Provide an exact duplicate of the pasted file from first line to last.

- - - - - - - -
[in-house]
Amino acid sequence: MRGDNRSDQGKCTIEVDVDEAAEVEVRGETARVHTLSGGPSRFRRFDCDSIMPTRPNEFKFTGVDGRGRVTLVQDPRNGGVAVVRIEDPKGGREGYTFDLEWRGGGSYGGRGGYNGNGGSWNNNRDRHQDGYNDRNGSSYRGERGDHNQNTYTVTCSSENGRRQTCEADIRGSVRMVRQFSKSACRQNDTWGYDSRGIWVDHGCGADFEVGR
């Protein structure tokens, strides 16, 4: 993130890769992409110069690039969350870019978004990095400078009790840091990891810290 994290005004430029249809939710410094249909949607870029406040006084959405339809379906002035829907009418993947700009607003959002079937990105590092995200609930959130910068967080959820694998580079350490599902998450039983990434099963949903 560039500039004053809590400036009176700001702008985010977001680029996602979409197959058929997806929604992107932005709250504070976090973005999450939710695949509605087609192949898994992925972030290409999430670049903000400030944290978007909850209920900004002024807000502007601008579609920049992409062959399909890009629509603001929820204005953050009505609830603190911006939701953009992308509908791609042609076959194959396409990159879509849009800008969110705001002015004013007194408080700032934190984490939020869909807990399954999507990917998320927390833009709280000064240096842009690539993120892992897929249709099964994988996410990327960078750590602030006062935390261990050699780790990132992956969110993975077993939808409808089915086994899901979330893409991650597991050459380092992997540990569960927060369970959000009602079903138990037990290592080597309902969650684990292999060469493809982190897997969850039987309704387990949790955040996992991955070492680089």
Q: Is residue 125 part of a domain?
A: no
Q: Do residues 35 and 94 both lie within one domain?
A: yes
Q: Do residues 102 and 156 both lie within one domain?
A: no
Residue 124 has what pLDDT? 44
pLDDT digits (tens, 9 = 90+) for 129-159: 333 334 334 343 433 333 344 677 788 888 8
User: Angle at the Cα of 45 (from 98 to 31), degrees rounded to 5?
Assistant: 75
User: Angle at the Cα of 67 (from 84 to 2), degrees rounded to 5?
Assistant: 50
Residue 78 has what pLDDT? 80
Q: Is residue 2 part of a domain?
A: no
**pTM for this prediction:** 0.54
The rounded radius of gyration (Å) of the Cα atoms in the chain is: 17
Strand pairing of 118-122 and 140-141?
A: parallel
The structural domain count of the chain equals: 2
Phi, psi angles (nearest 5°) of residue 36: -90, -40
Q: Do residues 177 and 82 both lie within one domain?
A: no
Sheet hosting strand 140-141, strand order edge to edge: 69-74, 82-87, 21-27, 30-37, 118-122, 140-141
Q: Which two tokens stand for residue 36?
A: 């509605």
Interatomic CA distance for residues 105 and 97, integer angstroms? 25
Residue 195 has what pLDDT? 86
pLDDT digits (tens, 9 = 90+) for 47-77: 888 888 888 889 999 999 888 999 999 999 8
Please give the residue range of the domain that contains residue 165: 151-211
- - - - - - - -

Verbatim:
[in-house]
Amino acid sequence: MRGDNRSDQGKCTIEVDVDEAAEVEVRGETARVHTLSGGPSRFRRFDCDSIMPTRPNEFKFTGVDGRGRVTLVQDPRNGGVAVVRIEDPKGGREGYTFDLEWRGGGSYGGRGGYNGNGGSWNNNRDRHQDGYNDRNGSSYRGERGDHNQNTYTVTCSSENGRRQTCEADIRGSVRMVRQFSKSACRQNDTWGYDSRGIWVDHGCGADFEVGR
């Protein structure tokens, strides 16, 4: 993130890769992409110069690039969350870019978004990095400078009790840091990891810290 994290005004430029249809939710410094249909949607870029406040006084959405339809379906002035829907009418993947700009607003959002079937990105590092995200609930959130910068967080959820694998580079350490599902998450039983990434099963949903 560039500039004053809590400036009176700001702008985010977001680029996602979409197959058929997806929604992107932005709250504070976090973005999450939710695949509605087609192949898994992925972030290409999430670049903000400030944290978007909850209920900004002024807000502007601008579609920049992409062959399909890009629509603001929820204005953050009505609830603190911006939701953009992308509908791609042609076959194959396409990159879509849009800008969110705001002015004013007194408080700032934190984490939020869909807990399954999507990917998320927390833009709280000064240096842009690539993120892992897929249709099964994988996410990327960078750590602030006062935390261990050699780790990132992956969110993975077993939808409808089915086994899901979330893409991650597991050459380092992997540990569960927060369970959000009602079903138990037990290592080597309902969650684990292999060469493809982190897997969850039987309704387990949790955040996992991955070492680089």
Q: Is residue 125 part of a domain?
A: no
Q: Do residues 35 and 94 both lie within one domain?
A: yes
Q: Do residues 102 and 156 both lie within one domain?
A: no
Residue 124 has what pLDDT? 44
pLDDT digits (tens, 9 = 90+) for 129-159: 333 334 334 343 433 333 344 677 788 888 8
User: Angle at the Cα of 45 (from 98 to 31), degrees rounded to 5?
Assistant: 75
User: Angle at the Cα of 67 (from 84 to 2), degrees rounded to 5?
Assistant: 50
Residue 78 has what pLDDT? 80
Q: Is residue 2 part of a domain?
A: no
**pTM for this prediction:** 0.54
The rounded radius of gyration (Å) of the Cα atoms in the chain is: 17
Strand pairing of 118-122 and 140-141?
A: parallel
The structural domain count of the chain equals: 2
Phi, psi angles (nearest 5°) of residue 36: -90, -40
Q: Do residues 177 and 82 both lie within one domain?
A: no
Sheet hosting strand 140-141, strand order edge to edge: 69-74, 82-87, 21-27, 30-37, 118-122, 140-141
Q: Which two tokens stand for residue 36?
A: 């509605």
Interatomic CA distance for residues 105 and 97, integer angstroms? 25
Residue 195 has what pLDDT? 86
pLDDT digits (tens, 9 = 90+) for 47-77: 888 888 888 889 999 999 888 999 999 999 8
Please give the residue range of the domain that contains residue 165: 151-211